Please note that module information is indicative and may change year to year.
This module introduces students to the key concepts, theories and issues in the comparative study of capitalism. The module surveys the interplay between politics and economics and its various forms by comparing East Asian and Western models of capitalism. The module provides students with concrete knowledge of such variations in key areas of capitalist political economy including corporate governance and finance, the labour market and industrial relations, education and skills policy, and social protection. The module is structured in two main parts. The first part equips students with a thorough understanding of analytical approaches to comparative capitalism. The second part offers students opportunities to analyse differences and similarities of capitalist economies in East Asia, Europe and North America with a focus on the key areas. The module concludes by revisiting the viability of the diversity of capitalism in the context of globalisation.
The aim of the module is for you to develop an advanced understanding to the comparative study of capitalism. You will learn key features of East Asian and Western models of capitalism as well as skills of investigating similarities and differences of these models. The module also aims to provide you with comparative analytical skills.
By the end of the module the students will be able to demonstrate intellectual, transferable and practical skills appropriate to level 7 modules and in particular will be able to
Demonstrate advanced knowledge of key concepts, theories and issues in the study of comparative capitalism;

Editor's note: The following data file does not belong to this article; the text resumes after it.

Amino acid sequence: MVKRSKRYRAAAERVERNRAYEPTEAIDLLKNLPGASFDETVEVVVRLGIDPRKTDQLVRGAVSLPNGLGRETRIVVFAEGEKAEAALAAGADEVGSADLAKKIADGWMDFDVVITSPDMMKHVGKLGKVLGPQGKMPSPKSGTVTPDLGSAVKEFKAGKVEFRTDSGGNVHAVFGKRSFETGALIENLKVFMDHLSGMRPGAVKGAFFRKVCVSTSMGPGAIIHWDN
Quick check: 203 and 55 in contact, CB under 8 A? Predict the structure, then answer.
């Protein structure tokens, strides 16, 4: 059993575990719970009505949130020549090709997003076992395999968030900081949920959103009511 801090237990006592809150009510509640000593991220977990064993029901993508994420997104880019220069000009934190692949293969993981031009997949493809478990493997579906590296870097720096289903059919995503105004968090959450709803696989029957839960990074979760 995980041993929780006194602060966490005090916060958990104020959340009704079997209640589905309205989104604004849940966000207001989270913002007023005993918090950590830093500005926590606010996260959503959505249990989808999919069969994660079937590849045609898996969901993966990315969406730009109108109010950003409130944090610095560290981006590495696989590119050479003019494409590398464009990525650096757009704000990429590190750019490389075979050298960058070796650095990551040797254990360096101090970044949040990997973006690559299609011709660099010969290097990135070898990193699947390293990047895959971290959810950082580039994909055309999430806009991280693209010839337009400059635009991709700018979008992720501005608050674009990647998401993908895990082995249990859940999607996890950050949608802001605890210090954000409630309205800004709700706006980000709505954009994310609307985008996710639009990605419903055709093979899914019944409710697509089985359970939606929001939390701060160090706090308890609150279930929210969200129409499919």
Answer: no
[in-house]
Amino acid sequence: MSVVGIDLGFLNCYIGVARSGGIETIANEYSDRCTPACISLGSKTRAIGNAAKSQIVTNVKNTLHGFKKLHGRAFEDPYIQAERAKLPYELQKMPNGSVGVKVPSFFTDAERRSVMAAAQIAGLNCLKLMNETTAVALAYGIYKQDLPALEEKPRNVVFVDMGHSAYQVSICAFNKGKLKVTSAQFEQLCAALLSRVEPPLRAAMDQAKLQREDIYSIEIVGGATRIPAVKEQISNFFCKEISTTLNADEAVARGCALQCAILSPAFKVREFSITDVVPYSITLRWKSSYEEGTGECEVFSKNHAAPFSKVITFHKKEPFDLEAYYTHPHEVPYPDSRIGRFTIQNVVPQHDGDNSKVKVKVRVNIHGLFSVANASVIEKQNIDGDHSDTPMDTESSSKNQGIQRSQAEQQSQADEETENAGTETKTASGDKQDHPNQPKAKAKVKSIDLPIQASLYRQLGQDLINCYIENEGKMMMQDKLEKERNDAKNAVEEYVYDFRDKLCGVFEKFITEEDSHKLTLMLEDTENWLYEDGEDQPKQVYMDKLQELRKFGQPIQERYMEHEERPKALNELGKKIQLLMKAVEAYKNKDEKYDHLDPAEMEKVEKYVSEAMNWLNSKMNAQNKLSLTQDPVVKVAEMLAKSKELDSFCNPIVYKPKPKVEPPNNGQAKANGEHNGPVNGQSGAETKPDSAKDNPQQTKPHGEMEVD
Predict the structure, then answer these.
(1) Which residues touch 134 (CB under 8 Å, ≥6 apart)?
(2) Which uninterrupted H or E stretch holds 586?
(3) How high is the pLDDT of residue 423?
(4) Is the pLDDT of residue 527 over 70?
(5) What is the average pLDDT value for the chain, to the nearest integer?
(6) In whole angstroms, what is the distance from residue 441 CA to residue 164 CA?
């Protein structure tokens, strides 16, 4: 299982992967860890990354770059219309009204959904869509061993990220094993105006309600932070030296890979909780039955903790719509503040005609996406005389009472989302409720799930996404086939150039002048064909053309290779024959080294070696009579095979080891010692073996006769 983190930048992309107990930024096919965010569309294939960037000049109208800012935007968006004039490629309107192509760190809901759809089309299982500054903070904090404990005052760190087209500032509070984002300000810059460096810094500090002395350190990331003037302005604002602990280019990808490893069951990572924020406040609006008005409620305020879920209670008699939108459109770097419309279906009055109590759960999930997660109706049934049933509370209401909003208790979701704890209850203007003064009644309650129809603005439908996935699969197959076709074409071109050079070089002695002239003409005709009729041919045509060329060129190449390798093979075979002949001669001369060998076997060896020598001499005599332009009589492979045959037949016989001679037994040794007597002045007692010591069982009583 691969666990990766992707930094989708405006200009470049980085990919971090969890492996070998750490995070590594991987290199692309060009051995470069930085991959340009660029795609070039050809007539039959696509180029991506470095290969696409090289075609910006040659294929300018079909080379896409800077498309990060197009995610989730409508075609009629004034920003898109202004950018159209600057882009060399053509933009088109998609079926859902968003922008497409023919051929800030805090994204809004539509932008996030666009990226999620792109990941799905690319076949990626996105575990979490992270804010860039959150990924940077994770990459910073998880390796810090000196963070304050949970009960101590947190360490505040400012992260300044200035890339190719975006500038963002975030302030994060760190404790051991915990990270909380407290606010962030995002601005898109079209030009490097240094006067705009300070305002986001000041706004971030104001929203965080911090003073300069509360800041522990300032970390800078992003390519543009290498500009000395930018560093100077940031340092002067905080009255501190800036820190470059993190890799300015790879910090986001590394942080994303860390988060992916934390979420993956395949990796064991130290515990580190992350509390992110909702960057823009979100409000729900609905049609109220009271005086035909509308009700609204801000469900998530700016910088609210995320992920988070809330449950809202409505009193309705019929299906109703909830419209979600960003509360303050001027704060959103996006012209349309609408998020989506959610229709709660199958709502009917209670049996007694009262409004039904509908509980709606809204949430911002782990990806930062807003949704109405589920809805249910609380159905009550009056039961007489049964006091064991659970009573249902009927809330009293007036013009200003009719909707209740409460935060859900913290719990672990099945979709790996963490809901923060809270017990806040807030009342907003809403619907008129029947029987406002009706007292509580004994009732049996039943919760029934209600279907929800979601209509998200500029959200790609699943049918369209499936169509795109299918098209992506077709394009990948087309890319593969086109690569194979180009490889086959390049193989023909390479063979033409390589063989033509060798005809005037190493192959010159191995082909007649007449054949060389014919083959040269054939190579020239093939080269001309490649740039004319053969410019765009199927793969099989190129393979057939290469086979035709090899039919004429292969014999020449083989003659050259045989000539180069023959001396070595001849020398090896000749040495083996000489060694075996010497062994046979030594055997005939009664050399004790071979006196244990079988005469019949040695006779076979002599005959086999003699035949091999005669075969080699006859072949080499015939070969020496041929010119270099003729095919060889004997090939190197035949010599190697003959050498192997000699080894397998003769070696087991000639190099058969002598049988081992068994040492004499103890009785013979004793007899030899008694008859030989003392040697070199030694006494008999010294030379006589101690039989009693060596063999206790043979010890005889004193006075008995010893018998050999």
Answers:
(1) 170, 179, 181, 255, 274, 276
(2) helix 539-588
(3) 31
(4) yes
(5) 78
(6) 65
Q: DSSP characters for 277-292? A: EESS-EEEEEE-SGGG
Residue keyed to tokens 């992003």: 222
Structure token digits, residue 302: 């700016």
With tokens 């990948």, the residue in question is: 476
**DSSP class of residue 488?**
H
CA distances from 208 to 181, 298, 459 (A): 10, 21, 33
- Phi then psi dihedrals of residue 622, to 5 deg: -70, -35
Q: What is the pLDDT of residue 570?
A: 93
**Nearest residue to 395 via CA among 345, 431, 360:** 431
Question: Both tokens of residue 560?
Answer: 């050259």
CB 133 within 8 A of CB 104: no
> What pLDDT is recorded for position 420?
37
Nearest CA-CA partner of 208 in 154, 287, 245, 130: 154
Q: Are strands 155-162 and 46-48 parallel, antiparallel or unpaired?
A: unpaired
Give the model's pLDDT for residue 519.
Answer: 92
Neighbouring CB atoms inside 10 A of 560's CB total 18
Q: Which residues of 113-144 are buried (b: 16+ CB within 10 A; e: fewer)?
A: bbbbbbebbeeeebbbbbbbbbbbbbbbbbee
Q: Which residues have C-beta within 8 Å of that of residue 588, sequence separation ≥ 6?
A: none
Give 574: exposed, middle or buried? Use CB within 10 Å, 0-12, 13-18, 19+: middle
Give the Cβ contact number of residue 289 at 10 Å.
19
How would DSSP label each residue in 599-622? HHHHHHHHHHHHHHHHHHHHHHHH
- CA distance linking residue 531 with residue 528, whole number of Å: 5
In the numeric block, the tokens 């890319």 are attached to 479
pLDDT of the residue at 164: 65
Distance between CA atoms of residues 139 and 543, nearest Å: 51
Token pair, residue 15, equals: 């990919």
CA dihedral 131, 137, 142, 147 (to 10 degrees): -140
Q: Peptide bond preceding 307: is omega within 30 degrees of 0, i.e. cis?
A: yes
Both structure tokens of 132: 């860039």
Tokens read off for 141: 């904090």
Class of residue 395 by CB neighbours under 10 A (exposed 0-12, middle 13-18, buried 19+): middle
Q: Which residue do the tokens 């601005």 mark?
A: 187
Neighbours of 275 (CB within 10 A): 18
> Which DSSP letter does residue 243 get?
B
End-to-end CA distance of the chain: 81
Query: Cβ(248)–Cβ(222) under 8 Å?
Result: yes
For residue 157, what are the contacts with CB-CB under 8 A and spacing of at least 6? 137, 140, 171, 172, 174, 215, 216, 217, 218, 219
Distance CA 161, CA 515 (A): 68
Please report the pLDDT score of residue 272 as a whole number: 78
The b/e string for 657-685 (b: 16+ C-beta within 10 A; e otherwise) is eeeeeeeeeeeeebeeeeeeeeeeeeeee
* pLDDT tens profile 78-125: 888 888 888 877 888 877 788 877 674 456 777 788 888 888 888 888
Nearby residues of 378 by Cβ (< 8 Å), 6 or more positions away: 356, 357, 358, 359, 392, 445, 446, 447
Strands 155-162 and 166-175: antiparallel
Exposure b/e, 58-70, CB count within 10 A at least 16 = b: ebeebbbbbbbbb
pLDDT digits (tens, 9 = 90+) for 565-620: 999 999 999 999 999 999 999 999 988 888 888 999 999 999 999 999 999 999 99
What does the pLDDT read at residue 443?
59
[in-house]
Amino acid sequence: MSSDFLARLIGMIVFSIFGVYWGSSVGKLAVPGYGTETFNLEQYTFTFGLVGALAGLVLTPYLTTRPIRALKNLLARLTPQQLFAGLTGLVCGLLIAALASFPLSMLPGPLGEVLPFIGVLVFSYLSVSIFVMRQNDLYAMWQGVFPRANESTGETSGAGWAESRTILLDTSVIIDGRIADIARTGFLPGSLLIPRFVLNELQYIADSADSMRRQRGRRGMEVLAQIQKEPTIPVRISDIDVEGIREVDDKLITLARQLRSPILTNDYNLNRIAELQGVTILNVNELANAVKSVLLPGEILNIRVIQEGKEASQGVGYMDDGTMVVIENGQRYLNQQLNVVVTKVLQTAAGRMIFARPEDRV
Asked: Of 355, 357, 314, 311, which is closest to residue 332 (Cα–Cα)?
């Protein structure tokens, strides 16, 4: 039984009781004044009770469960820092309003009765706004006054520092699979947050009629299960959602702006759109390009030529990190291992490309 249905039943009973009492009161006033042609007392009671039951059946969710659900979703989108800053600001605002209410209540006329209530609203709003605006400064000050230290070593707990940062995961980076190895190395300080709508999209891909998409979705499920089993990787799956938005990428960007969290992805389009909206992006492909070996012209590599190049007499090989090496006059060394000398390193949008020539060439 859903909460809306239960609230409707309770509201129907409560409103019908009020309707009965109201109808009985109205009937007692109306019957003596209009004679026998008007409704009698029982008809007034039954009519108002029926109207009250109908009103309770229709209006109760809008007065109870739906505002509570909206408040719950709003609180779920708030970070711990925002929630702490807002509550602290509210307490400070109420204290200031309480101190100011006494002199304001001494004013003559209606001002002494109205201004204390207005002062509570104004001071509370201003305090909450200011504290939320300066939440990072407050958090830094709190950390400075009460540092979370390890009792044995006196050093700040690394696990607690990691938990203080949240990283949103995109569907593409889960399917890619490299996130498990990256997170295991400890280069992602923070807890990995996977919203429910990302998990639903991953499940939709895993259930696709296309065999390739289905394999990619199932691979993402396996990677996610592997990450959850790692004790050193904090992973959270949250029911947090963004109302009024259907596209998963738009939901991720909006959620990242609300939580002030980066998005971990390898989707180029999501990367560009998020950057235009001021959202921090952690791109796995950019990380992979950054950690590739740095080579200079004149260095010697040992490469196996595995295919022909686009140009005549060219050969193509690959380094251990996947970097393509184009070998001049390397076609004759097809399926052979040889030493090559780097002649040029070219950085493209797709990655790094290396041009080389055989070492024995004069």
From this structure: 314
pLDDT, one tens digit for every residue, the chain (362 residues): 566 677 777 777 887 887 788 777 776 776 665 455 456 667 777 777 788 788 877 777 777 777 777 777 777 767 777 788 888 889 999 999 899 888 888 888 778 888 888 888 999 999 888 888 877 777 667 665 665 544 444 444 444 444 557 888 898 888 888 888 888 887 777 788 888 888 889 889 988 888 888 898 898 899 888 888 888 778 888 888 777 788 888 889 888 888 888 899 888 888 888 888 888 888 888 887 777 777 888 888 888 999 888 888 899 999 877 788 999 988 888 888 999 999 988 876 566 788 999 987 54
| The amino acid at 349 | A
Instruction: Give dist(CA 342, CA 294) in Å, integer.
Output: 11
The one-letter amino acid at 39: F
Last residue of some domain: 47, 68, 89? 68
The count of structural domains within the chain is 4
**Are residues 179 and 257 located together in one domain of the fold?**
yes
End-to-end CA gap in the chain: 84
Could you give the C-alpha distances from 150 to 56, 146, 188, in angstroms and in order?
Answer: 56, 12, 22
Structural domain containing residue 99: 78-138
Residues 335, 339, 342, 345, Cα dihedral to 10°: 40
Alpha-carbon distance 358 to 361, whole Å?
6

Demonstrate ability to analyse the similarities and differences in the key areas of capitalist economy;
Dritically assess the strengths and limitations of key analytical approaches;
Effectively communicate information and argument in oral and written forms.
One 2-hour seminar, weekly
Indicative teaching schedule
Week 1: Introduction: Comparative capitalism
Week 2: Modes of economic coordination and social systems of production
Week 3: Institutional analysis and comparative capitalism
Week 4: Interest-based analysis and comparative capitalism
Week 5: Corporate governance and finance
Week 6: The labour market and industrial relations
Week 7: Social protection and inequalities
Week 8: Family policy
Week 9: Education and skills policy
Week 10: Conclusion: Globalisation and the future of (the diversity of) capitalism
Note that this teaching schedule is indicative and subject to change.
Module assessment - more information
One presentation (15%) and one 4000 word essay (85%)